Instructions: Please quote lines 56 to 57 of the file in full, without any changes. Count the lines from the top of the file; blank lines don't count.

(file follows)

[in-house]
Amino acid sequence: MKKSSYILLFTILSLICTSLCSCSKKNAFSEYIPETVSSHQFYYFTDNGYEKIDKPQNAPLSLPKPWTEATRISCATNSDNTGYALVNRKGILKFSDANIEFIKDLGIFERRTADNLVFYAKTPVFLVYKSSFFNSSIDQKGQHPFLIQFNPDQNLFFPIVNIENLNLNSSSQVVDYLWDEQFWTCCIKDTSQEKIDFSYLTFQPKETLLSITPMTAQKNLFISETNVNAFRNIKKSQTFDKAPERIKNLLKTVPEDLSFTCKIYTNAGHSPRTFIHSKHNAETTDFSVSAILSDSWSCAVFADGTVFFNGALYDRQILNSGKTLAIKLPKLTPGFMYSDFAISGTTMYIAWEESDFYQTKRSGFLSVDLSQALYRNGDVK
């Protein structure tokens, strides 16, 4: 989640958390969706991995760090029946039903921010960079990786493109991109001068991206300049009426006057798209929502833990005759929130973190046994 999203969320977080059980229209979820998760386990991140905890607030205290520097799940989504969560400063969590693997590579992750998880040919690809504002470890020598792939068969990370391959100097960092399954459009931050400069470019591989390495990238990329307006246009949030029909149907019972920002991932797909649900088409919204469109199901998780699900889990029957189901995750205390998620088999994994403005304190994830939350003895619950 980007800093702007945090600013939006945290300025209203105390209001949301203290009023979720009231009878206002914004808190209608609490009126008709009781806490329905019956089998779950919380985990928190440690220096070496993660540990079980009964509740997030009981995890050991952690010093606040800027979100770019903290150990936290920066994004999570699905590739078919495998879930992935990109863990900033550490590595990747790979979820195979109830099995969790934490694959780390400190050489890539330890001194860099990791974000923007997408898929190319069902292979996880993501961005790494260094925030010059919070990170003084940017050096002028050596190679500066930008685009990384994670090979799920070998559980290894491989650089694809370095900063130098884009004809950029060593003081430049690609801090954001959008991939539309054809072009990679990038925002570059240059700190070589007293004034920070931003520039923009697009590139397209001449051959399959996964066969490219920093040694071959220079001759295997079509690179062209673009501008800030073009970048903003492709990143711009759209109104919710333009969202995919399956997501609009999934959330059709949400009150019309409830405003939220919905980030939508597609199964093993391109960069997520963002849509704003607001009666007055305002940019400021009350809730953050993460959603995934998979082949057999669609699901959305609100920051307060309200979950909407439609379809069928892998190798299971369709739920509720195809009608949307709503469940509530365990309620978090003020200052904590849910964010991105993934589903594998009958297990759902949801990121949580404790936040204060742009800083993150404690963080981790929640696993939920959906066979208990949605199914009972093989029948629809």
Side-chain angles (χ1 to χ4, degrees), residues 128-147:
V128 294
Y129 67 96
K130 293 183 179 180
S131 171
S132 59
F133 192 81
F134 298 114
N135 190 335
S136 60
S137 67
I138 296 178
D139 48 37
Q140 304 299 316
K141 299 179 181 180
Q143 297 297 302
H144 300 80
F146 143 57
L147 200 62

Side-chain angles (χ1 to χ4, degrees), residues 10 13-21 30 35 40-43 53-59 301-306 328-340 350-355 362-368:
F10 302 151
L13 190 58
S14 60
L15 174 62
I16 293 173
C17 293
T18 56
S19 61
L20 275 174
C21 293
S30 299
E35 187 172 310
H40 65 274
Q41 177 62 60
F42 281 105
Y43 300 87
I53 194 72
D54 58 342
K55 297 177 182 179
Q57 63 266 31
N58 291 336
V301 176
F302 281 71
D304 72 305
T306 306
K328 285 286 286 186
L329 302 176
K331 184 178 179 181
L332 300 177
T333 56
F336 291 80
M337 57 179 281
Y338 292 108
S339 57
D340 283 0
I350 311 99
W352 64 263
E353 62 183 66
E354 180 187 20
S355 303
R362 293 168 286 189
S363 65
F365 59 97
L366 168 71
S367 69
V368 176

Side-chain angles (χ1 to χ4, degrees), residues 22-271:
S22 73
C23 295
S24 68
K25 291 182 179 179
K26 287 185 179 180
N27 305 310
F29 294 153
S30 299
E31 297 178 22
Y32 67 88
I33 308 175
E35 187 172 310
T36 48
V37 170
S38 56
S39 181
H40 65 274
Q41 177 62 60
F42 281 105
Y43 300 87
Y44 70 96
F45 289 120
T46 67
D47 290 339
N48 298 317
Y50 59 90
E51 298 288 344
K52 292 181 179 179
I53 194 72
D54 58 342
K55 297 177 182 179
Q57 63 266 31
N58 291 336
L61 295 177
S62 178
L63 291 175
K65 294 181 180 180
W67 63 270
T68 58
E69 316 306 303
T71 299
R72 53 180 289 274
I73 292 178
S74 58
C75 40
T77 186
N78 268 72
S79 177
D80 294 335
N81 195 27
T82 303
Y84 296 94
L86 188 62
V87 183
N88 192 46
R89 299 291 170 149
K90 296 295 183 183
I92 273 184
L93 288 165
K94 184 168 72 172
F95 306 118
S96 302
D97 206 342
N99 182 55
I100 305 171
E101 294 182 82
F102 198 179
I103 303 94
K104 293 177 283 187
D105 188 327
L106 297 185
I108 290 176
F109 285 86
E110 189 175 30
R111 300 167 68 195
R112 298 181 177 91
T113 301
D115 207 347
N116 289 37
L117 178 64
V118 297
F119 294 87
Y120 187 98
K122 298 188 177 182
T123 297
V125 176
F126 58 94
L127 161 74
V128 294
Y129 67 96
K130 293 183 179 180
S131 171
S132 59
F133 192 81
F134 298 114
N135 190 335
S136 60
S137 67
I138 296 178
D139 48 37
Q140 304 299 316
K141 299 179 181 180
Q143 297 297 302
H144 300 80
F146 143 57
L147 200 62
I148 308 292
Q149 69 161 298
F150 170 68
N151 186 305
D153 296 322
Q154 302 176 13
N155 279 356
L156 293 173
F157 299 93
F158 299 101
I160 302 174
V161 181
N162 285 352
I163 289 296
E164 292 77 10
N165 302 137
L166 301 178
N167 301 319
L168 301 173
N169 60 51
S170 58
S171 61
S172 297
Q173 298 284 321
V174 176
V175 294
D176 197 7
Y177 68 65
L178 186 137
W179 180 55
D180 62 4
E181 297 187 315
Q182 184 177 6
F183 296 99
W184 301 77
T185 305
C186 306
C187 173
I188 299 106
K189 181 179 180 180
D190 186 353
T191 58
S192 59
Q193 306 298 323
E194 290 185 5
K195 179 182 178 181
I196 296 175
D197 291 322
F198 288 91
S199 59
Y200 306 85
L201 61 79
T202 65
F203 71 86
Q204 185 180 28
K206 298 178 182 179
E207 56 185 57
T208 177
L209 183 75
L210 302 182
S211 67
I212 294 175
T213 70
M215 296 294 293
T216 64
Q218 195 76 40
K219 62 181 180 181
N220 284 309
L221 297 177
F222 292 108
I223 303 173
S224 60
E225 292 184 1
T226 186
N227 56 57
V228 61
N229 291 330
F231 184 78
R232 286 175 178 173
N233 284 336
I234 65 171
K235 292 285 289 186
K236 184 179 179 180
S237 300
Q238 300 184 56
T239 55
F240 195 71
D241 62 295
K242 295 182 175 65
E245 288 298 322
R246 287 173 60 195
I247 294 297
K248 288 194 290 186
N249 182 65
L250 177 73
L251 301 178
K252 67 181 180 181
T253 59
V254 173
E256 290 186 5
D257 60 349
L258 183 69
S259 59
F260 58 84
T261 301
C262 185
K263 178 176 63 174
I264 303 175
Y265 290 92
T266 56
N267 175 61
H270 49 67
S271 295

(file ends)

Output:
Y338 292 108
S339 57